Mani Kaul's Nazar, made in 1989, was shown at Osian's Cine Fan festival at Siri Fort in New Delhi on July 29, 2012
It is interesting that Mani Kaul along with Kumar Shahani, was one of first two graduates from the Film and Television Institute of India (FTII) in Pune, and he looked up to Ritwik Ghatak, along with Robert Bresson as his mentors in film aesthetics. Ghata's movies are all vibrant narratives done in his own sometimes quirky way but there was never a dull moment. In the case of Bresson, he manages to bring intense beauty of image. The problem we confront in Mani Kaul's Nazar then is the still frame which tries to fuse intensity and beauty, despair and loneliness, the interior world and the exterior. The inner noise interrupted by the noise of the outside world as doors and windows open and close. The film is an adaptation of Fyodor Dostoevsky's The Meek Creature. The story has a clear narrative and there is a clear psychological dimension of alienation and people trapped in their own inner worlds. The psychological abyss is played out in the external world. The confrontations and agonies are not silent and inarticulate mutterings in Dostoevsky. And the most important thing in Dostoevsky is the intense beauty of suffering. In Mani Kaul's frames, there is drabness of suffering. In wanting to keep tragedy mute and focus on the aesthetics of the still frame, which is his way making a film, he fails to infuse life into the suffering human beings.
Kaul has also an indifferent attitude towards casting. He thinks the composition of the frame should tell it all and that actors and actresses are mere details in the frame. But the joys and agonies of the characters can only be expressed through actors and actresses. In Nazar, Shekhar Kapoor, the self-confessed bad actor, just fails to convey the dullness and harshness of a self-absorbed man. While in Dostoevsky's film, the character is a pawn-broker, in Kaul's telling he becomes an antique dealer.
Kaul's camera slowly hangs around the antique pieces, the vases and other things and the character's weave in and out. In the flat too, the spaces are handled with care. Here is a man who gets the artefacts all right but fails to deliver the punch. Kaul perhaps does not want to deliver the punch at all. He is just interested in the spaces of the frame. Kaul aims at still life paintings -- he is a painter -- and the only meaningful and resonant factor in this space is the musical notes, in this film that of the rudra veena.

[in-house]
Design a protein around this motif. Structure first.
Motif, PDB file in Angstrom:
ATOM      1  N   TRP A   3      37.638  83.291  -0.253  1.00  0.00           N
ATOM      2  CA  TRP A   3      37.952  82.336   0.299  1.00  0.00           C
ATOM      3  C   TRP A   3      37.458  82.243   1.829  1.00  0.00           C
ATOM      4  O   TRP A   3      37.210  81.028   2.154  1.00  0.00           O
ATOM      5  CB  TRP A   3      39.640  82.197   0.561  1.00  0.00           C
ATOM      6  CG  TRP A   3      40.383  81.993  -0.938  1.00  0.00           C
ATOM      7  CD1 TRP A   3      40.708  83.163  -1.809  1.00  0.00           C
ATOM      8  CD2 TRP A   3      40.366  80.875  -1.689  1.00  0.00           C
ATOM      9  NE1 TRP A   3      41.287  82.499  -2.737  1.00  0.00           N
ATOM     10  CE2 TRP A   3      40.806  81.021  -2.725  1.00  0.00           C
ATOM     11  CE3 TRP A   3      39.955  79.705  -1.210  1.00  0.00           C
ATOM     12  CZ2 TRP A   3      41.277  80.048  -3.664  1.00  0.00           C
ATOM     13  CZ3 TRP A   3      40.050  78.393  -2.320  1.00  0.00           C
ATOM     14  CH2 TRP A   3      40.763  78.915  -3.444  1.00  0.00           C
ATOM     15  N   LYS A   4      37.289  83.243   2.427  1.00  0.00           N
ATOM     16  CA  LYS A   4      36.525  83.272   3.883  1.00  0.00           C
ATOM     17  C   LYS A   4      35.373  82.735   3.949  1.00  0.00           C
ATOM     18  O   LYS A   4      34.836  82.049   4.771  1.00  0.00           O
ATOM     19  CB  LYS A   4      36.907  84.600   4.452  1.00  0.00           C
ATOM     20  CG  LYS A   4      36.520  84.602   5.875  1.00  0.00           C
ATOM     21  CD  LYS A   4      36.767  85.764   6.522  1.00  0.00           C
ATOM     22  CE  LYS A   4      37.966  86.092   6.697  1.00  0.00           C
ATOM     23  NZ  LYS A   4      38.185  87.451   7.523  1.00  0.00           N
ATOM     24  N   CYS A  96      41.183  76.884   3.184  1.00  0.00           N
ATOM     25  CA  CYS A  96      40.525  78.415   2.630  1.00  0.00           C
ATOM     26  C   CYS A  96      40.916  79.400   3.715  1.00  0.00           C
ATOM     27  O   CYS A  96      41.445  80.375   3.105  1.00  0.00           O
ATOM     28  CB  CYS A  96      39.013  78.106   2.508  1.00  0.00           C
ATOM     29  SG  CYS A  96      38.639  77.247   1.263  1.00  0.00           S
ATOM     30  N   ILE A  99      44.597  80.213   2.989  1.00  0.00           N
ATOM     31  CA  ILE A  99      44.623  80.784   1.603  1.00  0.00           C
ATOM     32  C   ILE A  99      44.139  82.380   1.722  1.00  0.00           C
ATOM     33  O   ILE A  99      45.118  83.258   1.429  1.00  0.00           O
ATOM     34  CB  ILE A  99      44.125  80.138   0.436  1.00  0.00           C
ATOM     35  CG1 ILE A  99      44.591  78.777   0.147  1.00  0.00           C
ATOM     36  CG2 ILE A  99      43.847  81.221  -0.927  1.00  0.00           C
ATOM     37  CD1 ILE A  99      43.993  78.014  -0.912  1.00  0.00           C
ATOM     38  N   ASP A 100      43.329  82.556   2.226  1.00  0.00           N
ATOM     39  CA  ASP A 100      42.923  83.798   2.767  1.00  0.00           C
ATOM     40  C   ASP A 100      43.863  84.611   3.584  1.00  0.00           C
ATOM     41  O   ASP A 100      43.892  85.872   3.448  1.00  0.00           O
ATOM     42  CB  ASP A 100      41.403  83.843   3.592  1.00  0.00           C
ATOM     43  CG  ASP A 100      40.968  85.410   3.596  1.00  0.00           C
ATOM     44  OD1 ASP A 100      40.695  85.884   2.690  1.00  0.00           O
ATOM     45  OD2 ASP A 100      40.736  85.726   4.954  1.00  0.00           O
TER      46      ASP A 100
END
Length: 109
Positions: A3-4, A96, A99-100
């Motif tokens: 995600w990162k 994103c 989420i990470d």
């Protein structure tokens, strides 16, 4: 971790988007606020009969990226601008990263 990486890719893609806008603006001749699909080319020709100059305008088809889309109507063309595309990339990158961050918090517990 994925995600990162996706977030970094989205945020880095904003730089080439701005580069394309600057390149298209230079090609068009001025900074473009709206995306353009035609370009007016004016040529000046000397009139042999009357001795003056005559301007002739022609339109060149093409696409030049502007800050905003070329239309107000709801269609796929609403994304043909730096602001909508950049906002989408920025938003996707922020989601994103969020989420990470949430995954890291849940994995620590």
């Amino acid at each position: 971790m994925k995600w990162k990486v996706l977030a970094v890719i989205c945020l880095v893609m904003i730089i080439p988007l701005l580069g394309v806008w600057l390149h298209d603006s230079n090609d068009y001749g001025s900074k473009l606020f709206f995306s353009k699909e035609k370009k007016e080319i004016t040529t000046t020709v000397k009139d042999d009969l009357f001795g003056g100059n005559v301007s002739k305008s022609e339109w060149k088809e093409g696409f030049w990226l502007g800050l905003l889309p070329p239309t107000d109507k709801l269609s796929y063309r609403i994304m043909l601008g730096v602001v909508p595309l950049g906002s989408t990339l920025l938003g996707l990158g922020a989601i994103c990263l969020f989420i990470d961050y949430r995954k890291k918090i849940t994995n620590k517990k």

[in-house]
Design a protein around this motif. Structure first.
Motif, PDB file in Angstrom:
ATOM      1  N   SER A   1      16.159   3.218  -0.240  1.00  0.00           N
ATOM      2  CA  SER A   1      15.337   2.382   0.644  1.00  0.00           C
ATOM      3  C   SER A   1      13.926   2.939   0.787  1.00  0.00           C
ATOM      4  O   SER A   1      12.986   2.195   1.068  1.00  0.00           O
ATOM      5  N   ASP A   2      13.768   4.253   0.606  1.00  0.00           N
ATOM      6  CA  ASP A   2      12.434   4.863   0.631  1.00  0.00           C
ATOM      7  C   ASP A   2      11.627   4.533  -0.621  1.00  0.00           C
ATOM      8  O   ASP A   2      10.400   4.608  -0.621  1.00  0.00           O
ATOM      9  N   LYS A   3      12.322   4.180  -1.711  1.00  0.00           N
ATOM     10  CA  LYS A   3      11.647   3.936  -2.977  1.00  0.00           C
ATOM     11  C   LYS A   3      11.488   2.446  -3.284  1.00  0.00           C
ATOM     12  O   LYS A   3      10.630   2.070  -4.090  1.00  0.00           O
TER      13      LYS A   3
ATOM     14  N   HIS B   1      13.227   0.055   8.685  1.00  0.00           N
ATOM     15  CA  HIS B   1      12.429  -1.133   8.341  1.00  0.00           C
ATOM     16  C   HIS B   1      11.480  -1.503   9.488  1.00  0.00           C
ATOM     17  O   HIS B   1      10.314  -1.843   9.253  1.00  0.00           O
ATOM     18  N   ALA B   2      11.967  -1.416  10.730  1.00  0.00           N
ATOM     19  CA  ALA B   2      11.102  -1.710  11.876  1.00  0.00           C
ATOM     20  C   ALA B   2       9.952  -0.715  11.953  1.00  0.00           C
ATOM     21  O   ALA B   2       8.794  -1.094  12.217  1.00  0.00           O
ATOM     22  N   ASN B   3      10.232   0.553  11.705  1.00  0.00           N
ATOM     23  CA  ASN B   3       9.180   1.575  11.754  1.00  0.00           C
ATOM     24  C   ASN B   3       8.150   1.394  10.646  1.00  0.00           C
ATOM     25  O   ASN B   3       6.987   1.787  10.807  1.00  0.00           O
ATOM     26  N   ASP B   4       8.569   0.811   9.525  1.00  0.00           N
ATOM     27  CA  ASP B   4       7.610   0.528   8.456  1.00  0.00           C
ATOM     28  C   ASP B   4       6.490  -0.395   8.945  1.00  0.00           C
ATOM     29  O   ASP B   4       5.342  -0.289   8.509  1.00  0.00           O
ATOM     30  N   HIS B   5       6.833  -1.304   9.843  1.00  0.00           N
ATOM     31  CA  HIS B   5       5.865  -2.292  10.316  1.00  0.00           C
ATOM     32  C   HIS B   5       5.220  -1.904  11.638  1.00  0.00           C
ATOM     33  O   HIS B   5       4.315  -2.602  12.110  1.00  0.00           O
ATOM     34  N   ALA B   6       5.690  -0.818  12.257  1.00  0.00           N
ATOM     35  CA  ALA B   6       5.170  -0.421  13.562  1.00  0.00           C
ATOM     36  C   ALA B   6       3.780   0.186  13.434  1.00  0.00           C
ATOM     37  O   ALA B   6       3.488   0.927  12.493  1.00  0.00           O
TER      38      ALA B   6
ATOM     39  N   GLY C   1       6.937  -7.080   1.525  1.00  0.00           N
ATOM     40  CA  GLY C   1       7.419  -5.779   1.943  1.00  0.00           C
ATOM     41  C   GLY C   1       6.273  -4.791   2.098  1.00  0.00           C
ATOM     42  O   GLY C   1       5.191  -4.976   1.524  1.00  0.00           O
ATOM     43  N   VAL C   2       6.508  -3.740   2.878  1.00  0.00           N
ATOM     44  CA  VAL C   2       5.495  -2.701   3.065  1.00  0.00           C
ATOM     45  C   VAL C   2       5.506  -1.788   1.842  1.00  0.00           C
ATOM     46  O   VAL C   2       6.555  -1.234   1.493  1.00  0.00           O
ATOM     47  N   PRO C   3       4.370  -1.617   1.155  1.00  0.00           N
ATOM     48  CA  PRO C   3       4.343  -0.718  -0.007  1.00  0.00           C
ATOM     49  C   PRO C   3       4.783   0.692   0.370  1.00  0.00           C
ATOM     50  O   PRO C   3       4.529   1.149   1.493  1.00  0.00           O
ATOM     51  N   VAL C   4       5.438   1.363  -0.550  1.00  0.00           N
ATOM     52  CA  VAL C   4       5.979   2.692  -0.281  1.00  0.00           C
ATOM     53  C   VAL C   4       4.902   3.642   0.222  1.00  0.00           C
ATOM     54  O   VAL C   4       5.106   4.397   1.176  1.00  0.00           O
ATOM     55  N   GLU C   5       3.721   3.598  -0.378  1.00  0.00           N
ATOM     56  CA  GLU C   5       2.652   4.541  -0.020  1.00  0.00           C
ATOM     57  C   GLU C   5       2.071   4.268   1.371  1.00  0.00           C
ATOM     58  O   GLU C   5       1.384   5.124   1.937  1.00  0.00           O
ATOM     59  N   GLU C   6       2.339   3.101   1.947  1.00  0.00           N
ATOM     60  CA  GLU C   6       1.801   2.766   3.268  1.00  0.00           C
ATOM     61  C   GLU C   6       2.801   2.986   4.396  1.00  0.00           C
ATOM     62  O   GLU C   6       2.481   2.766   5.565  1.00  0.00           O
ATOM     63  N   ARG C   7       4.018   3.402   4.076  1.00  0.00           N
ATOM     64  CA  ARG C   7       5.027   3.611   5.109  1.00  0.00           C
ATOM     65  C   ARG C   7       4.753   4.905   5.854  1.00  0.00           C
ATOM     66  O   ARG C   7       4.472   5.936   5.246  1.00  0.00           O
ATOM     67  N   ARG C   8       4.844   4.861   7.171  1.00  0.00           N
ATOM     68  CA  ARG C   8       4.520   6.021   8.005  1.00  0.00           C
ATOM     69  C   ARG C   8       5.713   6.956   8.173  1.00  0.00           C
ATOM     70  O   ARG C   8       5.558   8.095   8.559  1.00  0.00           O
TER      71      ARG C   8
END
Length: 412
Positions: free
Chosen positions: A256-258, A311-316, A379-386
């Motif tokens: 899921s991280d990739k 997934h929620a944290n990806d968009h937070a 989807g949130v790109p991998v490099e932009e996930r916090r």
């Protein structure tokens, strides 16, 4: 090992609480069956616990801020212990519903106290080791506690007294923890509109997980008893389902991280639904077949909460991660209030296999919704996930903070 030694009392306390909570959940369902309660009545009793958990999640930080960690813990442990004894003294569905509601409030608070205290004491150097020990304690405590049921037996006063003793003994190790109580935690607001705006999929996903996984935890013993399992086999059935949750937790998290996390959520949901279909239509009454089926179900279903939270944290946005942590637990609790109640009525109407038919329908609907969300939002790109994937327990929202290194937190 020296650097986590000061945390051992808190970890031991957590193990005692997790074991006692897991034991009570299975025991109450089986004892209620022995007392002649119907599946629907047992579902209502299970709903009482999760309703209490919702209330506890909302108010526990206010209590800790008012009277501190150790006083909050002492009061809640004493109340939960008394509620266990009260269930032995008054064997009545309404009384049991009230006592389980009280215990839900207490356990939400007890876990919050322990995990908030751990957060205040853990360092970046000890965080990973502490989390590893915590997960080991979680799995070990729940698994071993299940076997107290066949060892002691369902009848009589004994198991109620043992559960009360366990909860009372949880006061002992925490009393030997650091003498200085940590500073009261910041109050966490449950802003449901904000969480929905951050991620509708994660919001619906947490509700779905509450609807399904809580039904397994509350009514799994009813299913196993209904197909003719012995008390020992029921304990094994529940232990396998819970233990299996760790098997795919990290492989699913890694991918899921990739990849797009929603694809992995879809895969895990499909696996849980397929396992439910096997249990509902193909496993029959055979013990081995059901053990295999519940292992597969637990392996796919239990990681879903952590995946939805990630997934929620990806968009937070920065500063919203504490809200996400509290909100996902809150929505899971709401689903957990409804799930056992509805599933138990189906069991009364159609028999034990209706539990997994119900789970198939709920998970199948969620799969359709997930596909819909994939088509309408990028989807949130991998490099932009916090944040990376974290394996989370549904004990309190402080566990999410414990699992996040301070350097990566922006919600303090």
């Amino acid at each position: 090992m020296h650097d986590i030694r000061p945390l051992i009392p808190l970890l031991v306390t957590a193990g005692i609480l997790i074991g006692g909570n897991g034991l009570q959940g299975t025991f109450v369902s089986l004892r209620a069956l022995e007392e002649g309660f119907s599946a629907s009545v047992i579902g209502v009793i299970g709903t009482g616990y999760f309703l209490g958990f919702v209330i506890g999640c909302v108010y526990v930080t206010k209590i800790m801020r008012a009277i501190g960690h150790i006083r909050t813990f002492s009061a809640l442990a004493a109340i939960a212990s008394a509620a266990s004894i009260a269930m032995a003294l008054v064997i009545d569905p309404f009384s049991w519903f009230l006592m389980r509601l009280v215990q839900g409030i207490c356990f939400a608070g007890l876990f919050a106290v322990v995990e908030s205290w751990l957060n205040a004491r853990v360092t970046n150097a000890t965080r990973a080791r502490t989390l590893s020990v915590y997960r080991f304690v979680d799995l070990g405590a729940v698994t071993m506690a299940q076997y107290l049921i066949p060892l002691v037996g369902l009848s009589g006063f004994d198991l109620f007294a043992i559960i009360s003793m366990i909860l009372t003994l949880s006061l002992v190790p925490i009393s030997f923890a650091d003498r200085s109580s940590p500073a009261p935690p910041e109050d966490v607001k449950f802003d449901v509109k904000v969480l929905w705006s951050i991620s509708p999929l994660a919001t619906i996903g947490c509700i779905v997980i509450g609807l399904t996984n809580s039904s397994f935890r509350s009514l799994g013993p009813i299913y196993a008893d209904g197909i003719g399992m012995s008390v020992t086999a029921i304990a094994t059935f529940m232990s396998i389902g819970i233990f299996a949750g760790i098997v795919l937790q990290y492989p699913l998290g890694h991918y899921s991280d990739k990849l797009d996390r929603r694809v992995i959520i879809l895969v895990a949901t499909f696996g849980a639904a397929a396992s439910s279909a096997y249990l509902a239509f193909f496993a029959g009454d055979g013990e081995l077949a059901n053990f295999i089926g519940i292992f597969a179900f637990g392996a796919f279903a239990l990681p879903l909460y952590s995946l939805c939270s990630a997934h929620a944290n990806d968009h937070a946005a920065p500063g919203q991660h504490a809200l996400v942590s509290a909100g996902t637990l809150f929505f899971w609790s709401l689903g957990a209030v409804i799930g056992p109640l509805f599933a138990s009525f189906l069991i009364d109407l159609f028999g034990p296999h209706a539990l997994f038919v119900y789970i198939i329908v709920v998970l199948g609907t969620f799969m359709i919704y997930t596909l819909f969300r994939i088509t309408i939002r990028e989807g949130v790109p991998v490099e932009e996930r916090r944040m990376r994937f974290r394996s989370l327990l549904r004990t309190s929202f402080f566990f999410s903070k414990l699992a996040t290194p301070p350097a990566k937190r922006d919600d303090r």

This is film of one kind. There is no point in quarrelling with Kaul for not doing this or that. He does not do those things because he chose not to do those things. We have to fight and differ with Kaul on his own terms.
Here is one of the few Indian filmmakers who dares to do close-ups and stretch them through the film. And he shows the actors and actresses -- the three main ones are Shekhar Kapoor, Shambhavi and Veena Sikri -- occupying the space of the frame and moving around and across it. But Kaul does not deliver a fine study of close-ups. He seems to stop short somewhere because he does not to disturb or exclude the composition of the frame. So, you may get the different profiles of Kapoor, Shambhavi and Sikri within the confined space of the flat on a top floor, but their faces do not communicate anything. The problem is this: Kaul is not interested in the story, in the people. Not even in the internal monologue. There is a hint of desire and sensuality in the Sikri character but he lets it simmer. That is the only achievement. The main protagonists are not shown to be the agonising and isolated and locked-up within themselves individuals they are. The restlessness is shown in fits and starts. It is the restlessness and the confrontation that this creates that is the soul of the story. Kaul is not interested in the story. He is thinking of getting the composition of the frame right. And he does not make much of an impact because the composition lacks spark. The beauty of the composition lies in the beauty and soulfulness of the actors/actresses and the tables, chairs, the curtains, the windows and the antique pieces in the shop. These elements do not seem to form a pattern which will create the beauty.